I Want You To Want Me

I look at those who could care less about others’ approval with much envy. How do you not care if you’re wanted or accepted? I want to be that person. Needing and wanting to be wanted is a problem deeply hardwired in me. I’m fairly certain it’s very common in adoptees.

I make it a point to reflect back on each day and say to myself, “Self, today was a good day,” or “Self, I thought I could make it through the day without letting something upset me, but I didn’t.” I’ve found the common denominator in my bad days are when I hear or read something which triggers the feeling of being unwanted or not accepted. I declare it makes me snap into shut down, push everyone away from me mode. That’s also an adoptee move. There’s comfort in just knowing I’m not alone in feeling this way, and being able to tie it back to the trauma of being relinquished for adoption. But it still happens.

I take on the problems of those I’m around and closest to as my own. I somehow tie their woes and sorrows into my existing in their life. Thus, making it incredibly difficult to enjoy people. I can hear the most benign statement from someone and immediately convince myself I am to blame. This is about the time I distance myself, or suggest we “take a break” from one another. That solution seems way easier than fixing myself from a lifetime of consistently behaving this way.

I do want to change this pattern. I want to feel wanted and know that if I’m not it’s their loss, not mine. I’m getting there. Admitting that it’s a problem for me, and knowing there’s a reason is better than not. Baby steps.

Published by Leigh Bailey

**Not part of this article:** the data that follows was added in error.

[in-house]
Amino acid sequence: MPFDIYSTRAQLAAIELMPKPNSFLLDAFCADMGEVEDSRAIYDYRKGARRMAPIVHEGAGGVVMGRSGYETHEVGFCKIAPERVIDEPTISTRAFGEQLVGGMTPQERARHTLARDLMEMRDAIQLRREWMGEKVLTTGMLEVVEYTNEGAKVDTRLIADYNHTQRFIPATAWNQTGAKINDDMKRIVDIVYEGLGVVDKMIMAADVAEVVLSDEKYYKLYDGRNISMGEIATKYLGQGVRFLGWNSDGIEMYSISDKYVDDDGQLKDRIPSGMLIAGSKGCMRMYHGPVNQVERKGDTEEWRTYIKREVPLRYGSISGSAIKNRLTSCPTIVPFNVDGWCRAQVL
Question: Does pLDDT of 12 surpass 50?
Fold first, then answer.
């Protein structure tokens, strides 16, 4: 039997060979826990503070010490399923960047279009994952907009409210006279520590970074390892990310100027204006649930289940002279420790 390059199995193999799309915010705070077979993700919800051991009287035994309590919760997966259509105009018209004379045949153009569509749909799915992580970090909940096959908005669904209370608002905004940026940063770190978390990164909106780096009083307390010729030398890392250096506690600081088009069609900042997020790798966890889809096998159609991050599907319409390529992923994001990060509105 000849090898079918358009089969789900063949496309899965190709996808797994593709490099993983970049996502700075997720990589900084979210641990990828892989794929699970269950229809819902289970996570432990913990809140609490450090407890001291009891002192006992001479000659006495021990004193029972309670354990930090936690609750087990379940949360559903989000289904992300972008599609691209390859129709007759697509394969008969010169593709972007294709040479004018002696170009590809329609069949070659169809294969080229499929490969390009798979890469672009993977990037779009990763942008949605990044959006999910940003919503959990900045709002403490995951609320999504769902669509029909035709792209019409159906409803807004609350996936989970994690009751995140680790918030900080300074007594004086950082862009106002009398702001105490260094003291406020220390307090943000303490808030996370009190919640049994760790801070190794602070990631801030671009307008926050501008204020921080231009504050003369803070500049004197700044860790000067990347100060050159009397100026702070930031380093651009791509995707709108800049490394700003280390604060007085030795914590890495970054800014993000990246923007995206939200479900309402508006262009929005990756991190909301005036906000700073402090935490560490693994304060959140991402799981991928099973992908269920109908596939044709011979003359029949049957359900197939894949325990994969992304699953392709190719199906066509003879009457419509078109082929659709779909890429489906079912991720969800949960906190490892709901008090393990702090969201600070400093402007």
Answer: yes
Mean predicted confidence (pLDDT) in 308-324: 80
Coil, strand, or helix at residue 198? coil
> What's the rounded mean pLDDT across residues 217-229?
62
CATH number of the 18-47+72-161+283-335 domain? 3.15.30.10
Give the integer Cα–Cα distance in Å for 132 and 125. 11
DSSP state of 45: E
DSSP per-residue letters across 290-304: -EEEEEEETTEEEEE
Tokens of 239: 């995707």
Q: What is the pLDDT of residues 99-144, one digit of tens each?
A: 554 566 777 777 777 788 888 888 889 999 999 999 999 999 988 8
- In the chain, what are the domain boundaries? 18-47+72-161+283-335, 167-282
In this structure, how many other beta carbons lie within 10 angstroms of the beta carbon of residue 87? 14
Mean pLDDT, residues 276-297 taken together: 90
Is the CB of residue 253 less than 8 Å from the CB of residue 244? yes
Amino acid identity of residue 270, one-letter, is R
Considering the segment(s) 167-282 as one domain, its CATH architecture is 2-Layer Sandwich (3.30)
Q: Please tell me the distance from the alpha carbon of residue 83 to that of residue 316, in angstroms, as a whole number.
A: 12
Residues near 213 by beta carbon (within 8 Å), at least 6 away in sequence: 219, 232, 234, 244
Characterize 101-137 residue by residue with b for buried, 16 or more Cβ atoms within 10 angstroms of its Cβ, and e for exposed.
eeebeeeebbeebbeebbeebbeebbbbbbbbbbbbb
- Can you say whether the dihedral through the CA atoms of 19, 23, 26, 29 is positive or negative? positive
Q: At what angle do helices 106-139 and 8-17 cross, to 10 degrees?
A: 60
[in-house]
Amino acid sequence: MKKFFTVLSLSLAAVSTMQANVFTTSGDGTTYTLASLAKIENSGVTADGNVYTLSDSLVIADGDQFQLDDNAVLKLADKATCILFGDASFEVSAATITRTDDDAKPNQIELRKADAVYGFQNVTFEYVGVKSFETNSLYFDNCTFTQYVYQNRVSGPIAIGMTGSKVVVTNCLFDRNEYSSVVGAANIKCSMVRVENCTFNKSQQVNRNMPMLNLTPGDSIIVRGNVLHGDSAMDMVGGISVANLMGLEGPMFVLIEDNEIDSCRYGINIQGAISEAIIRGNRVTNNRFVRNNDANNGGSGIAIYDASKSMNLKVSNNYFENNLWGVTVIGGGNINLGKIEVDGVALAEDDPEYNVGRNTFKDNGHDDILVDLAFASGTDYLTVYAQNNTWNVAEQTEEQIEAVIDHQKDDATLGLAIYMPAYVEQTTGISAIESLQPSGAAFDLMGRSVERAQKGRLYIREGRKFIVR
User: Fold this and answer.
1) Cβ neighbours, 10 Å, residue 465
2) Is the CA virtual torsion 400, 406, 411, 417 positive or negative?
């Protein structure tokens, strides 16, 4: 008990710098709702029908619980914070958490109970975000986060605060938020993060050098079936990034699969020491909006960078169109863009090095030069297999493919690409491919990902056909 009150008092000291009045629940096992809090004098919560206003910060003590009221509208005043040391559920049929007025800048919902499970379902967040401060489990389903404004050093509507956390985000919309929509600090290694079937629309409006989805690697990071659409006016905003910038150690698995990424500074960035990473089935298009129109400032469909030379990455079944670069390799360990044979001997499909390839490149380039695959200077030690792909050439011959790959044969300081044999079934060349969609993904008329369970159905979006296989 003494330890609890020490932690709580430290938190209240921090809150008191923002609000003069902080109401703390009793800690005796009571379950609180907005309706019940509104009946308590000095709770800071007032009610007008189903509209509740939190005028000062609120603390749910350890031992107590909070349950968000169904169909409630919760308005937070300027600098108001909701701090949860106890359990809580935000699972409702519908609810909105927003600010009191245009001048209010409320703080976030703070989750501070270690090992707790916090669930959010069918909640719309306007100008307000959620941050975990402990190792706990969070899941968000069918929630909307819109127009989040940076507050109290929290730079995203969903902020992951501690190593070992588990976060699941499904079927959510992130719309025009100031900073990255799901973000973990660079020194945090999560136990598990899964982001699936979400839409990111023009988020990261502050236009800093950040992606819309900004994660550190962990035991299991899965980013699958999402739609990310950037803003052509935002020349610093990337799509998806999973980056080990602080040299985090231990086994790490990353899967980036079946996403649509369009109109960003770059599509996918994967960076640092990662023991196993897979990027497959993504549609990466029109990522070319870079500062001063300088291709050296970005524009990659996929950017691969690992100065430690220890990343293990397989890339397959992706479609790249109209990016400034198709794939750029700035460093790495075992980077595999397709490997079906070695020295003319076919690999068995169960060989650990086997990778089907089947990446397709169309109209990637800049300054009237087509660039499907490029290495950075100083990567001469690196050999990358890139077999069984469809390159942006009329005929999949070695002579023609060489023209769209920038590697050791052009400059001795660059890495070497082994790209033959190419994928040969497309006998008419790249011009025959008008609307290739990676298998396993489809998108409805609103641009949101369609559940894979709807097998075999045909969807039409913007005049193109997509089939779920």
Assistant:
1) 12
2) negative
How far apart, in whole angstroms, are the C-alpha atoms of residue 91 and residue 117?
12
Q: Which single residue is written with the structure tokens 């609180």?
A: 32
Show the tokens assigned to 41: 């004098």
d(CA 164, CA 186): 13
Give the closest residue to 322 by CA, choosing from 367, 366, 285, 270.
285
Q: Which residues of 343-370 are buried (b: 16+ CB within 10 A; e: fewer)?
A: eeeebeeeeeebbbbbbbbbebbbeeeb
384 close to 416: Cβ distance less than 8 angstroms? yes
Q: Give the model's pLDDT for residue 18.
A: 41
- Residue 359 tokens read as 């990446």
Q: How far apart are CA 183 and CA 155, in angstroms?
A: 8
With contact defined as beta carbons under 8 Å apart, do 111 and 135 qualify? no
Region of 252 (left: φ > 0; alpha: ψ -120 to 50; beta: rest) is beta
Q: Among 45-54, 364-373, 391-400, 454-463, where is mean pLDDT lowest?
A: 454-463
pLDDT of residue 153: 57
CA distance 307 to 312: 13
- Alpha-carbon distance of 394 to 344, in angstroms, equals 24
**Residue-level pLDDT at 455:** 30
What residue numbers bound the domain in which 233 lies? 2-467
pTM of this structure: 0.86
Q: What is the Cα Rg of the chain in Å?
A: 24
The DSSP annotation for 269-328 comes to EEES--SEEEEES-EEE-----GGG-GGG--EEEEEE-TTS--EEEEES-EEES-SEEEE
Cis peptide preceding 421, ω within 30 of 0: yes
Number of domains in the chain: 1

I'm a 44 year old adoptee who's experienced reunion as well as secondary rejection. I was relinquished at birth by my mother, and adopted at three days old. I was adopted by a nice family and given a loving home. But there were issues. Adoption was rarely discussed in my home. I felt I was to only be grateful, and not wish for my biological family. I struggled with confidence and feared rejection and abandonment in relationships. I've experienced reunion with my biological father who DID NOT know I existed. I've reached out to my birth mother who refuses to acknowledge me. I've discovered the healing power of verbalizing feelings which I've held inside all these years. I believe those who adopt need to understand the importance of being educated on the psyche of an adoptee. They need to fully understand the trauma associated with being given away no matter what age it occurs. It is imperative that adopted parents talk openly about this with adoptees. To acknowledge the trauma and address the grief that accompanies the trauma of losing your family helps to unlock your authenticity. Adoptees have an identity aside of their adopted family. It needs to be nourished and accepted. I'm very lucky to have a supportive husband who cheers me on as I journey. In addition, I have two amazing daughters who love and support me and have learned that life isn't always wrapped up in a pretty little package.

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